New Delhi: In a controversial and surprising move, the Army Headquarters is said to be in the process of finalising a code of conduct for retired officers, leading to criticism from veterans on social media.
According to the Army HQ’s plan, all serving officers will have to sign an undertaking when they retire, agreeing to adhere to a written code of conduct after their retirement.
It is, however, not yet clear if any violation of the code of conduct would bring in statutory punishment or not.
This is a surprising move because the Army Act covers only serving officers and veterans are outside its purview. While they continue to keep their ranks after retirement, their actions come under the Indian Penal Code.
Sources in the Army HQ said there have been instances when retired officers have behaved irresponsibly, especially on social media, bringing negative publicity for the forces. A code of conduct will ensure such instances do not happen, sources added.
Not final yet
“The Code of Conduct is nowhere final. The issue is still under discussion. The convergence of ideas is being done,” an officer told ThePrint.
Asked whether views of veterans are also being taken into consideration, the officer said, “Right now it is happening at the level of serving officers. Once the process is completed, we will also take the views of the veterans.”
Replying to a query on whether the violation of the code of conduct will invite any punishment, the officer said, “It will or may not invite statutory action. These issues are still under deliberation”.
Former Adjutant General Lt Gen Ashwani Kumar, who retired last week, in an interview to NewsX indicated that violation may bring in statutory action.
Noting that armed forces personnel are allowed to keep their ranks even after retirement, Kumar said it is “anticipated” that they would more or less follow the code of conduct.
“We are in the process, very advanced deliberations are there, where we are trying to work, put some methodology that when people like me retire, they must give some kind of undertaking on code of ethics, which they must abide with,” he said in the interview last week.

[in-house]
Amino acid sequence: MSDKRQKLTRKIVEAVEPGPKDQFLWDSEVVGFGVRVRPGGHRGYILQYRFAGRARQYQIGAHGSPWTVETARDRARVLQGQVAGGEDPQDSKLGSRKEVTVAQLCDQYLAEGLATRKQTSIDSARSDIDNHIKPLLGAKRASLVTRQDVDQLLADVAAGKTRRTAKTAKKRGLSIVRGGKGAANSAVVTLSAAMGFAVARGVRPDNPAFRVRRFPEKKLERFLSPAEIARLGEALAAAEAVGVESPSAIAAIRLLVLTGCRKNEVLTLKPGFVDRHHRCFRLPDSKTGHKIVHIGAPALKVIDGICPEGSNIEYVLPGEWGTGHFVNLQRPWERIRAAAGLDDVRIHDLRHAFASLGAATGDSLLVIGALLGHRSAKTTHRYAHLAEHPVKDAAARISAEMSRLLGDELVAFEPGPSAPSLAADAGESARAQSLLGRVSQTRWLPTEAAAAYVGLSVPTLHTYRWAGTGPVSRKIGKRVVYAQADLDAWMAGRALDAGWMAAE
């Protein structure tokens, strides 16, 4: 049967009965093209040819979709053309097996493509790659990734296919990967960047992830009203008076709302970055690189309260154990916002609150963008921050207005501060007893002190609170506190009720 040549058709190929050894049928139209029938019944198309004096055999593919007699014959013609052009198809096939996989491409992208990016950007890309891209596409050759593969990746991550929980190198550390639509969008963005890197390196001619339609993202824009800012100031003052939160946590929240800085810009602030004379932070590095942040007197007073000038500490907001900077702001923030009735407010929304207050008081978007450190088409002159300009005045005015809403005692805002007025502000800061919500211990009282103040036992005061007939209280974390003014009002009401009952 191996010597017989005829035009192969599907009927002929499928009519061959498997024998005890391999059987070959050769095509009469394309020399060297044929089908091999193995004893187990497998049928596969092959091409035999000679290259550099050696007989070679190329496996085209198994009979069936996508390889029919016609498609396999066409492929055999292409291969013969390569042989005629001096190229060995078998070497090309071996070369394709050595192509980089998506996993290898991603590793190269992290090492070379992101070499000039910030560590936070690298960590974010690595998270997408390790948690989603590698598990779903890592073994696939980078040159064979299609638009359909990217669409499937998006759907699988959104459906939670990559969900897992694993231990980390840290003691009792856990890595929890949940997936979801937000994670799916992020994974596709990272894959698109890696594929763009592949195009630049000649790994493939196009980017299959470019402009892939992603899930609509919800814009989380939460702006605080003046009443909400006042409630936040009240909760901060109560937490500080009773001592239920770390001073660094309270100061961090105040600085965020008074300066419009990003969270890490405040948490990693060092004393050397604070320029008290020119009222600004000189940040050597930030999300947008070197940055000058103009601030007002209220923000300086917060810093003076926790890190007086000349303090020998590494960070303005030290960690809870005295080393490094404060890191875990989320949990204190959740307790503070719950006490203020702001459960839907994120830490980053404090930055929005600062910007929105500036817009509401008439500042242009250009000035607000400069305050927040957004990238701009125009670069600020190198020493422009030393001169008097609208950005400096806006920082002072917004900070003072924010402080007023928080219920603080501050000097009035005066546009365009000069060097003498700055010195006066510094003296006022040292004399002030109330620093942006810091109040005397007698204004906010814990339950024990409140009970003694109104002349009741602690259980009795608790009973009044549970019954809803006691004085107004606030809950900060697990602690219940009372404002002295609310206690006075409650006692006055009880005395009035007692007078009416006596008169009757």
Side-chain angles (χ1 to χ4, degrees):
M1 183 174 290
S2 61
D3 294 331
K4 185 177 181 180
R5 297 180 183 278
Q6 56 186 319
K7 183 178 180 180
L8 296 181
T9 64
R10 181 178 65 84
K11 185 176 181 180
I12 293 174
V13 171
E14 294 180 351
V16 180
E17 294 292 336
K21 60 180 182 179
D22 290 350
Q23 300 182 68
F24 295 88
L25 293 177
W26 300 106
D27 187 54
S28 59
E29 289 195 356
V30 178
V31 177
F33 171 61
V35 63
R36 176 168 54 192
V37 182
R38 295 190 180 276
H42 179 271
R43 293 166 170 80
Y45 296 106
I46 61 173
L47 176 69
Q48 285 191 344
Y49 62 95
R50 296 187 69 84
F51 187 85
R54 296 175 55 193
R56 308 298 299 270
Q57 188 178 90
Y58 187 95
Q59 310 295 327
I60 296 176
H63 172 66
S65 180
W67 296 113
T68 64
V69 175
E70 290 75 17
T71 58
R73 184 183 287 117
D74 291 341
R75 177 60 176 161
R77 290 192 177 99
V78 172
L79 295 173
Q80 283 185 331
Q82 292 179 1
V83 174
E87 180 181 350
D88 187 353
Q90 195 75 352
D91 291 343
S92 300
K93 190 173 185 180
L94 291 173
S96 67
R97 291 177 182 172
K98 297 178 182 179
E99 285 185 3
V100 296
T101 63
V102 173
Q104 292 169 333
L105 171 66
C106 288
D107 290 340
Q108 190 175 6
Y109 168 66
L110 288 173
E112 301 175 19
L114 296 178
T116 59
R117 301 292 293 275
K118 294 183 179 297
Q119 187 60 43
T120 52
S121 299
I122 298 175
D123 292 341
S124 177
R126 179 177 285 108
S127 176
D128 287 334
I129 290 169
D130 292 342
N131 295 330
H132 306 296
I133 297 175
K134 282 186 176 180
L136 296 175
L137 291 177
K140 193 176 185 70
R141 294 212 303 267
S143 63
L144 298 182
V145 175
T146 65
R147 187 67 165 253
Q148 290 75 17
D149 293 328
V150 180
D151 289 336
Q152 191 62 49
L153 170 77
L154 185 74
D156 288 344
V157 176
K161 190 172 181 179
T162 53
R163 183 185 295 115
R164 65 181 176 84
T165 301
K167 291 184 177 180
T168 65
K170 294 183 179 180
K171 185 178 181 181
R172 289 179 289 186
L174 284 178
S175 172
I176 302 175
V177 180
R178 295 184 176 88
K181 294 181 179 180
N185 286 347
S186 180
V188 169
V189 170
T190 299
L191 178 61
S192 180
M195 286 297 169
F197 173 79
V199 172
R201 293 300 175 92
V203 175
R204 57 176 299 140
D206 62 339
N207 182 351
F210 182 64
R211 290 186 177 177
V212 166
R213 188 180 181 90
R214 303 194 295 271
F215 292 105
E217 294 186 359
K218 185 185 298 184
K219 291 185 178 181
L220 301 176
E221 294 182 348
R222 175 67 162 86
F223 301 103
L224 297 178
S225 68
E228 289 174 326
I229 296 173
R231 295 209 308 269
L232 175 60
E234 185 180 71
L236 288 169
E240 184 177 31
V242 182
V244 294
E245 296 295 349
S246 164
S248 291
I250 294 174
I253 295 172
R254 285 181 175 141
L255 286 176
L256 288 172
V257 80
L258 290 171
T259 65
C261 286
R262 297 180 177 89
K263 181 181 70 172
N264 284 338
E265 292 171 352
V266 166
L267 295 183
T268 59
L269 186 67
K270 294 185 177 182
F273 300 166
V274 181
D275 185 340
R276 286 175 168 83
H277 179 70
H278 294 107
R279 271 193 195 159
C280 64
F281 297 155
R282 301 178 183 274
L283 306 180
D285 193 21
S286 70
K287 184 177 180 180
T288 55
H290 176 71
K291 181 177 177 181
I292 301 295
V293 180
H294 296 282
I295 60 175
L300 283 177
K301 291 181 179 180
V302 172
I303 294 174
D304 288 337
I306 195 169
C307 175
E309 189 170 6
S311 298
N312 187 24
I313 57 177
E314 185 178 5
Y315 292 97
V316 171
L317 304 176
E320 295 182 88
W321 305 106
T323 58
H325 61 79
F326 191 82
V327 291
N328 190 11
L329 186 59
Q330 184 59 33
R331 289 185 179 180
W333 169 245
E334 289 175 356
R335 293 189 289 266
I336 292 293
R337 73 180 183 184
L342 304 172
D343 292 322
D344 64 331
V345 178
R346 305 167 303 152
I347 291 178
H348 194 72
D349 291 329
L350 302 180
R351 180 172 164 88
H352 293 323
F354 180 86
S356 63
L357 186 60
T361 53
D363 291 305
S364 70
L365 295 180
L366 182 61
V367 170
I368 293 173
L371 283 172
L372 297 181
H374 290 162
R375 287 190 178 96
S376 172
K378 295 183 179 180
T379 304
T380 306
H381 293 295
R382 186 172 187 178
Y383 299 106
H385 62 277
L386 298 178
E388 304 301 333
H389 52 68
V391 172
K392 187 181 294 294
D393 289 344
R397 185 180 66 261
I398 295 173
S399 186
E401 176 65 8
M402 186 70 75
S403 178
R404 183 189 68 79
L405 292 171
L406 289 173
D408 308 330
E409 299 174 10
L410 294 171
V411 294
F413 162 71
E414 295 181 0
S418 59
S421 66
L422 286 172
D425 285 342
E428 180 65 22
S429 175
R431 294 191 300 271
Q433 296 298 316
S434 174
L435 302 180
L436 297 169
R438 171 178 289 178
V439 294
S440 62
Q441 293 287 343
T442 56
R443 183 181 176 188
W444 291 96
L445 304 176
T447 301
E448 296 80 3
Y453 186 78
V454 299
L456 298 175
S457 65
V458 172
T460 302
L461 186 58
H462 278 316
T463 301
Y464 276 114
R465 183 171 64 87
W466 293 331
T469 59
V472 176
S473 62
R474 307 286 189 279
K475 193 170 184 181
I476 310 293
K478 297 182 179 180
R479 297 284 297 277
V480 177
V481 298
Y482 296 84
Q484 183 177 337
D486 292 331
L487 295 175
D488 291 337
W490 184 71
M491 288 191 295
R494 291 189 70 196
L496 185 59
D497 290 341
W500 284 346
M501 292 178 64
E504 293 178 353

Kumar also said it is a tri-service issue and, hence, the recommendations would go through various tri-service committees as well.
He added that whatever existing provisions of laws are required to be amended, the forces will approach the government for the same.
‘Constitution is the Code of Conduct’
The Army veterans are furious over the proposed move with some suggesting it is against democratic principles.
Major (retired) Navdeep Singh, a responsible voice on military matters, tweeted saying he was not angry, but sad after seeing Kumar’s interview.
As stated yesterday, I am not angry on watching the serving General's interview, only saddened. However, I must share here that there have been times when Ministers Late Mr @manoharparrikar, Mr @rajnathsingh & Ms @nsitharaman have done what senior military staff should have done+ pic.twitter.com/6kutzXcHrF
— Navdeep Singh (@SinghNavdeep) November 3, 2019
Major (retired) D.P. Singh, a Kargil veteran and the first blade runner, also tweeted his views on the issue.
How can you expect large heartedness,if a person of that stature is insecure from a100%disabled Major like me&raises doubt on why am I taking so much of interest with no selfish agenda of my own.
I'm equally SAD&pt does come to mind
Are my efforts to tame disabilities wrong? https://t.co/2mSYZCdSPl
— Major D P Singh (@MajDPSingh) November 3, 2019
Major General (retired) S.S. Chohan shared a witty post to express resentment over the move.
"A time has probabely come for veterans to draft a code of conduct for generals in service".
Well said buddy!!🙏
— The Cynic (@StratManOne) November 3, 2019
He added that the Constitution is the Code of Conduct.
Indian Constitution is our "code of conduct".
And SC is there to protect that.
— The Cynic (@StratManOne) November 3, 2019
A senior retired officer, who did not wish to be named, called the move “silly”.
An open letter was also doing the rounds of various military WhatsApp groups, stating that the proposed code of conduct just shows how oversensitive the Army HQ is about “justifiable” criticism on social media.
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